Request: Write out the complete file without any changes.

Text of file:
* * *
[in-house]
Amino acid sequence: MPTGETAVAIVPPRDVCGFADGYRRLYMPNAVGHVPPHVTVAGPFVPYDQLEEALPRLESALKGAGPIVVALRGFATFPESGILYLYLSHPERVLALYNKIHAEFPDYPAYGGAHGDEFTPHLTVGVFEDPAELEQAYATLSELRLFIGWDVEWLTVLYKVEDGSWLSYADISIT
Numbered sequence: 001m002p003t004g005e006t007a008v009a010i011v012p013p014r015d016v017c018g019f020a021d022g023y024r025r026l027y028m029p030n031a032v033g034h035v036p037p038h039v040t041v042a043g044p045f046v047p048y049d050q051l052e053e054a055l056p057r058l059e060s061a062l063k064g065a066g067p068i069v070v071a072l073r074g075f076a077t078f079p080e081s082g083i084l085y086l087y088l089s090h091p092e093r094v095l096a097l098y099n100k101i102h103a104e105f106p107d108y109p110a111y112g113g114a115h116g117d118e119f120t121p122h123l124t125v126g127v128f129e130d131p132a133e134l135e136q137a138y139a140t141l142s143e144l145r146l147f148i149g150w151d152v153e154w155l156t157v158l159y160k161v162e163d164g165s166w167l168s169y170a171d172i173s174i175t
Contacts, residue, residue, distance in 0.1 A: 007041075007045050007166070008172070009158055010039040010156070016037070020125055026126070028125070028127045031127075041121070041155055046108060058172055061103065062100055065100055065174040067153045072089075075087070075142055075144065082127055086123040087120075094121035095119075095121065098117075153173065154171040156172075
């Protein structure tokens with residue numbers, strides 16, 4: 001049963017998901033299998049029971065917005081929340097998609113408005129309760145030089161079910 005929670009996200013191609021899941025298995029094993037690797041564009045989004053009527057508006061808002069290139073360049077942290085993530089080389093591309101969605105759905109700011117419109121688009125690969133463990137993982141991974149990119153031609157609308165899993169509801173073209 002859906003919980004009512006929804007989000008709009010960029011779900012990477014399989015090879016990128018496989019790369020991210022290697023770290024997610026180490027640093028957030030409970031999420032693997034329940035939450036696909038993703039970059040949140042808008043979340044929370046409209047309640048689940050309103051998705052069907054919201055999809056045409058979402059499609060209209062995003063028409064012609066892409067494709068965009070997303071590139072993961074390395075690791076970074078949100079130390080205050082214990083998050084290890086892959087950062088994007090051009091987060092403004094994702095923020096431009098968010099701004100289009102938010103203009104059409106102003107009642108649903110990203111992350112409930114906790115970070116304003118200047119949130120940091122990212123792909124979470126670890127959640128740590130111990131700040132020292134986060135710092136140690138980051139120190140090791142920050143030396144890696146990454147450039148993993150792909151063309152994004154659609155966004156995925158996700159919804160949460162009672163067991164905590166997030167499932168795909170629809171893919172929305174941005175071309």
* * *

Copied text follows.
[in-house]
Amino acid sequence: MPTGETAVAIVPPRDVCGFADGYRRLYMPNAVGHVPPHVTVAGPFVPYDQLEEALPRLESALKGAGPIVVALRGFATFPESGILYLYLSHPERVLALYNKIHAEFPDYPAYGGAHGDEFTPHLTVGVFEDPAELEQAYATLSELRLFIGWDVEWLTVLYKVEDGSWLSYADISIT
Numbered sequence: 001m002p003t004g005e006t007a008v009a010i011v012p013p014r015d016v017c018g019f020a021d022g023y024r025r026l027y028m029p030n031a032v033g034h035v036p037p038h039v040t041v042a043g044p045f046v047p048y049d050q051l052e053e054a055l056p057r058l059e060s061a062l063k064g065a066g067p068i069v070v071a072l073r074g075f076a077t078f079p080e081s082g083i084l085y086l087y088l089s090h091p092e093r094v095l096a097l098y099n100k101i102h103a104e105f106p107d108y109p110a111y112g113g114a115h116g117d118e119f120t121p122h123l124t125v126g127v128f129e130d131p132a133e134l135e136q137a138y139a140t141l142s143e144l145r146l147f148i149g150w151d152v153e154w155l156t157v158l159y160k161v162e163d164g165s166w167l168s169y170a171d172i173s174i175t
Contacts, residue, residue, distance in 0.1 A: 007041075007045050007166070008172070009158055010039040010156070016037070020125055026126070028125070028127045031127075041121070041155055046108060058172055061103065062100055065100055065174040067153045072089075075087070075142055075144065082127055086123040087120075094121035095119075095121065098117075153173065154171040156172075
């Protein structure tokens with residue numbers, strides 16, 4: 001049963017998901033299998049029971065917005081929340097998609113408005129309760145030089161079910 005929670009996200013191609021899941025298995029094993037690797041564009045989004053009527057508006061808002069290139073360049077942290085993530089080389093591309101969605105759905109700011117419109121688009125690969133463990137993982141991974149990119153031609157609308165899993169509801173073209 002859906003919980004009512006929804007989000008709009010960029011779900012990477014399989015090879016990128018496989019790369020991210022290697023770290024997610026180490027640093028957030030409970031999420032693997034329940035939450036696909038993703039970059040949140042808008043979340044929370046409209047309640048689940050309103051998705052069907054919201055999809056045409058979402059499609060209209062995003063028409064012609066892409067494709068965009070997303071590139072993961074390395075690791076970074078949100079130390080205050082214990083998050084290890086892959087950062088994007090051009091987060092403004094994702095923020096431009098968010099701004100289009102938010103203009104059409106102003107009642108649903110990203111992350112409930114906790115970070116304003118200047119949130120940091122990212123792909124979470126670890127959640128740590130111990131700040132020292134986060135710092136140690138980051139120190140090791142920050143030396144890696146990454147450039148993993150792909151063309152994004154659609155966004156995925158996700159919804160949460162009672163067991164905590166997030167499932168795909170629809171893919172929305174941005175071309």